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The art of community

Opening of the community art exhibition on 22 August. Photo: Claire Mahjoub
Opening of the community art exhibition on 22 August. Photo: Claire Mahjoub

Curators Johnny Bell, Damien Patterson and Catherine Skipper have selected and arranged works to highlight diversity, complementarity and enjoyment. Some of the small ceramic and papier mâché sculptures, for instance, have been placed on plinths as though in conversation. A foot stool with three round legs and one square leg (by John English of the Waterloo Recycling Workshop) spoke to me of sufficiency, of “making do”. I was intrigued.

I enjoyed moving about the space, giving each work a moment of contemplation regarding possible connections to the theme.

Some were quite obviously about community – depictions of artists at work (Alana Valentine’s multi-media piece “Saturday Art Class”, homes remembered (“Boat House” by Les Warner) or conjured (“Homeland” by Jovana Terzic), depictions of neighbourhood icons: the high-rise towers, community gardens, ibis and ravens, the Aboriginal flag.

Others invited a more imaginative construction of narrative. Mex Purcell’s “Knit Piece”, a colourful weaving with nylon web, plastic sun and moon, represents community as interweaving and invites participants to “have their photograph taken with this well-travelled celebrity”. Subsequently, the photographs, it is promised, will be mailed to participants in the form of postcards.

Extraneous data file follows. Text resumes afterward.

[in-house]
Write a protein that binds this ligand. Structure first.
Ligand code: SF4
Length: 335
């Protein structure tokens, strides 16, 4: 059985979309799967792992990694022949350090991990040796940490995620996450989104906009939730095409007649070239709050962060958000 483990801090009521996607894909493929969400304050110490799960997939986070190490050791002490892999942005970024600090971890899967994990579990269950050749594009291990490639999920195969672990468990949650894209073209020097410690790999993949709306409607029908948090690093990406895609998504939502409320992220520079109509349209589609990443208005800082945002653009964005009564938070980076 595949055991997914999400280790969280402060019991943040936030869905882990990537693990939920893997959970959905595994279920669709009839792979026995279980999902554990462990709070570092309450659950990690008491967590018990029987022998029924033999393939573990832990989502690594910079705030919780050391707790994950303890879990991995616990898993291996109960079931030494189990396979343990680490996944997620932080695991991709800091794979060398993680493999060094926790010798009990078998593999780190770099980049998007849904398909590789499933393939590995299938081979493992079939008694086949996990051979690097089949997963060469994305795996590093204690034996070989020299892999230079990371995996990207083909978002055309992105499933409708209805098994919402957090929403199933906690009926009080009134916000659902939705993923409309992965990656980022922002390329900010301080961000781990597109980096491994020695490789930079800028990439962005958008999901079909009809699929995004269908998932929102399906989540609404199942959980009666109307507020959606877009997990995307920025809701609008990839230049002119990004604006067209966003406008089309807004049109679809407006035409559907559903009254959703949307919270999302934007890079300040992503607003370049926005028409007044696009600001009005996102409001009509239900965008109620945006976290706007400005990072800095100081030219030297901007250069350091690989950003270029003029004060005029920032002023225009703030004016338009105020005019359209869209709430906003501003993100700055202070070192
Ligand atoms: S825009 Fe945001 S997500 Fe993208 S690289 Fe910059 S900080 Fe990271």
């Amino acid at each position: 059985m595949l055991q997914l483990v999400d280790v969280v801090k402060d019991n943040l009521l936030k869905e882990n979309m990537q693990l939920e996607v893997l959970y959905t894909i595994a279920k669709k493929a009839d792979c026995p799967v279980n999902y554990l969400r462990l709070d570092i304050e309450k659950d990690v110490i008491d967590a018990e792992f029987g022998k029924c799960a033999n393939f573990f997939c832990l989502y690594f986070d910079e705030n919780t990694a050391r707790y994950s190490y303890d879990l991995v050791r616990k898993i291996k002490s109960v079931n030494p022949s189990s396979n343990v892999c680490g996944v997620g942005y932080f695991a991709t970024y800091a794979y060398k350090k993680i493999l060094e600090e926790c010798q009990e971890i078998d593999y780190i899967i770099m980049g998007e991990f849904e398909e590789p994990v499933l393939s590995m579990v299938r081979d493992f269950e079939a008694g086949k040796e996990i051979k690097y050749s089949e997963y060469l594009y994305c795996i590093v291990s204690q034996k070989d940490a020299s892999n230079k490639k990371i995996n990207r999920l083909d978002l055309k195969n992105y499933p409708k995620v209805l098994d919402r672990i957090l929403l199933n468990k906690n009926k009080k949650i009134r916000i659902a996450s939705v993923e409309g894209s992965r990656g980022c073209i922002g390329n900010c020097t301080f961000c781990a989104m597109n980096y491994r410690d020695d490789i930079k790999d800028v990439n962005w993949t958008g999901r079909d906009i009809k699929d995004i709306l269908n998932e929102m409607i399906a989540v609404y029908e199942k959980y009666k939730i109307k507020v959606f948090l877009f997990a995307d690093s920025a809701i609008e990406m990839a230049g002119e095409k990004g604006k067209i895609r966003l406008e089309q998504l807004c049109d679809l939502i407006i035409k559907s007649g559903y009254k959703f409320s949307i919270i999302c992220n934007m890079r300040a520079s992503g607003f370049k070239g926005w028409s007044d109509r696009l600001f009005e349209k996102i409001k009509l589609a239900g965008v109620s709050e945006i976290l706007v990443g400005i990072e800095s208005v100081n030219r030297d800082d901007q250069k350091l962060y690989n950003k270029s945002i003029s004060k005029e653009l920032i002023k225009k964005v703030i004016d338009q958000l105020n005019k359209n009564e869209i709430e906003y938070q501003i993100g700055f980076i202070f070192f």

Additional highlights included a large collage work by the Poets Corner Preschool (“Underwaterscape”), Bronte Hookey’s charming “Black Cockatoo”, Kat Hines’ edgy photograph of skaters at Fernside, and Rosalind Flatman’s cubist-style painting, “Walking Waterloo”.

An accompanying 12-page full-colour catalogue acknowledges contributions from the Matavai Art Group, the Community Painting Group (Our Place, Poets Corner), Wordplay Creative Writing Group and Wunanbiri Preschool.

Aunty Norma Ingram gave the Welcome to Country before Julia Jacklin performed two exquisite compositions (her debut album, recorded in July, will be released soon). Words of appreciation and encouragement were offered by Damien Minton (Watters Gallery) and Michael Shreenan (Counterpoint Community Services). Parish minister Andrew Collis thanked the curators and the many artists and community groups represented. He also acknowledged the generous support of UnitingCare NSW.ACT.

Community Art runs until September 30. For viewings phone 0438 719 470.

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